It’s A League Of Give And Take.
Preface – Jordan White at Hardwood Paroxysm wrote about potential and getting to the point where we need to give up on it. His piece fueled the fire for me writing this.
In scientific fields, even the best at their crafts don’t breakthrough into new ground on skill alone. Divine intervention always seems to be a part of the formula in the latest development, without discrediting the work of very smart men. In the scientific field of basketball scouting and drafting, I would never want to discredit the amount of hard work organizations put into the process. However, this form of serendipity also comes into focus when a young NBA player seemingly pulls untapped potential out of thin air.
Potential sometimes plays the role of a haunting spirit, leaving fan bases to get lost in their thoughts. What if a player never got hurt or actually played how they could? Or potential can be the apparition resting over a players shoulders, making them wonder why they aren’t living up to other expectations. Potential’s light can also be existent, counteracting the dark, leading to a player becoming an asset some could never imagine.
When the draft marches on after the first couple picks, the talent in the waters become less visible due to cloudy delusion. Andrew Bynum type players can emerge from a 10th pick to be an All-Star player. Meanwhile, players such as Ike Diogu seemingly always get picked in front of him. Regardless of Bynum’s antics this year, the argument that Diogu would go in front of him again in a redraft is certainly irrational.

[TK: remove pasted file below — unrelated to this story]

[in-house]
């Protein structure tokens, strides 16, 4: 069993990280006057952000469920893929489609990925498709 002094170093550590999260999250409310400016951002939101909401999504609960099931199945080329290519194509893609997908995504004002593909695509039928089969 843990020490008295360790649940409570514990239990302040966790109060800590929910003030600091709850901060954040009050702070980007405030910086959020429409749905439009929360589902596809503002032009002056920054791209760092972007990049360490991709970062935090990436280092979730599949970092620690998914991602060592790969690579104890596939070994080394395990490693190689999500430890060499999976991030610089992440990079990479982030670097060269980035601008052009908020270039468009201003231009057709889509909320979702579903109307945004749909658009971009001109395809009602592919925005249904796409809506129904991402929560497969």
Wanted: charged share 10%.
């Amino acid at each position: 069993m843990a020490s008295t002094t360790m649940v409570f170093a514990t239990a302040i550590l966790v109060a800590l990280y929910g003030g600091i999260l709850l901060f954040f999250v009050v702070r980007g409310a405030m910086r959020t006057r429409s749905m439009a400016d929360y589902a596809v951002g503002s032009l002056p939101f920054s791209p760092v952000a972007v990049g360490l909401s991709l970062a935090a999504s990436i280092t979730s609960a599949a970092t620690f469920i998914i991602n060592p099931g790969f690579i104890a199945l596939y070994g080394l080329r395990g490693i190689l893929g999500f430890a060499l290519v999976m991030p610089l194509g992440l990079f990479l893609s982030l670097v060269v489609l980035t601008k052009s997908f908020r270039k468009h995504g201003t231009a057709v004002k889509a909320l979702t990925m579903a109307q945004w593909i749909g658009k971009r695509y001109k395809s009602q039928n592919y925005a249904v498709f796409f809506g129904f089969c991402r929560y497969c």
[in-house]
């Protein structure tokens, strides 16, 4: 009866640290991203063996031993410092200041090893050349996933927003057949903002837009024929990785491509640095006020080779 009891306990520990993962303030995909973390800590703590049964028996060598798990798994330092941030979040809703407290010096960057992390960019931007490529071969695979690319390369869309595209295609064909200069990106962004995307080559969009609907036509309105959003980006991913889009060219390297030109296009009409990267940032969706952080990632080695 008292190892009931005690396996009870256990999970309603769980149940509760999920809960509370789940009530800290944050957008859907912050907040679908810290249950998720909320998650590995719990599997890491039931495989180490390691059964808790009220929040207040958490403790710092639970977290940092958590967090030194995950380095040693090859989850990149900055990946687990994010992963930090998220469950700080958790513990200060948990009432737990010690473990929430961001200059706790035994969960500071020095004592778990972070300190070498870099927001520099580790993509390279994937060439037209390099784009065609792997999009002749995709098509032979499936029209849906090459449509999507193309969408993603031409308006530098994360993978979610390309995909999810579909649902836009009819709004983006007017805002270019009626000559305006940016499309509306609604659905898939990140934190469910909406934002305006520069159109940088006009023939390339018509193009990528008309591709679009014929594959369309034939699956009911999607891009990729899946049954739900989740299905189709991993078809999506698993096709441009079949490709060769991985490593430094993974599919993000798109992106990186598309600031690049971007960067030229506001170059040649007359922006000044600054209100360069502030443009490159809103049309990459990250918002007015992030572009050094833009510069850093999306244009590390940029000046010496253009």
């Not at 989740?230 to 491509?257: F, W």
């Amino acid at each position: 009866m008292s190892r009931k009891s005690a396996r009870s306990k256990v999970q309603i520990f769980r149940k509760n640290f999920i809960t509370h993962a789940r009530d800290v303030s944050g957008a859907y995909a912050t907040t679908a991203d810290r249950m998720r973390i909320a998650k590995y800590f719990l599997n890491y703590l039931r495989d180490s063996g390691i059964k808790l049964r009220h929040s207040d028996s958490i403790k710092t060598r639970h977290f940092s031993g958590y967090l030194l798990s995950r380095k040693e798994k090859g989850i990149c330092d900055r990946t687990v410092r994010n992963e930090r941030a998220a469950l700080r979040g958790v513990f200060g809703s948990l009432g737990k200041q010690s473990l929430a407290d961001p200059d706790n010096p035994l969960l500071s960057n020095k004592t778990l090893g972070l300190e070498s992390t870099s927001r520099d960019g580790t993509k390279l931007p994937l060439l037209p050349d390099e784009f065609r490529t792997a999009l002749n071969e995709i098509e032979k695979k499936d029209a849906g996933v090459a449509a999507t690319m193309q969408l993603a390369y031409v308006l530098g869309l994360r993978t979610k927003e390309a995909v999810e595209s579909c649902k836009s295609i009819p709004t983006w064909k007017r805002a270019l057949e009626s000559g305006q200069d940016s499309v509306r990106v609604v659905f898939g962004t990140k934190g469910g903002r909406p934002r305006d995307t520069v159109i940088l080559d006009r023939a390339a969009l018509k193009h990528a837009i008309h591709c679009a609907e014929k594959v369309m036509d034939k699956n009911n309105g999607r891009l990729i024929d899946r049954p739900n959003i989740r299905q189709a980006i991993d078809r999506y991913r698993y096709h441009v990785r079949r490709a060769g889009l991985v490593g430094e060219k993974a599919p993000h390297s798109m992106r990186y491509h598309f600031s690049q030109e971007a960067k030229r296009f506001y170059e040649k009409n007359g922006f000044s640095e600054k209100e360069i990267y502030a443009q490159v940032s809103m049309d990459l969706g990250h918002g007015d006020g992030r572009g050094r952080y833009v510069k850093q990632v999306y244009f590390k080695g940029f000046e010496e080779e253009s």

Paul George fits this classic mold, being the 10th pick out of Fresno State. George was noted for having high defensive potential due to great size and athleticism. There was upside to Paul, but am not sure too many felt he would be a 22 year old All-Star. A draft profile even said “I would take Xavier Henry every day of the week before George” and that George would have to adjust to being a “third or fourth option on a team.” His rookie season definitely indicated that the second one was true, highlighting George’s inability to create for himself and 29% mark from three. He flashed the ability of being good, especially on defense, but being ranked the 28th player in the league was certainly a delusion of grandeur.
He came into camp the next year with rumors of a 2-inch growth spurt, and hard work on his jumper. Since then, he’s been involved in the All-Star game, the Dunk Contest, and the 3 Point Contest. He’s become a second-tier wing defender, just below defensive artists such as Andre Iguodala and Tony Allen. Most importantly, he’s become one of the best three players (I don’t know how you rank West, Hibbert, or George) on the team with the third-best record in the East.
The shadow of Kwame Brown is cast over every young center. The name is whispered like an urban legend whenever a young big man displays motor-issues. Sometimes it results in more smokescreen than fire, and a big man breaks through becoming an athletic mismatch for some of their more stoically-moving counterparts.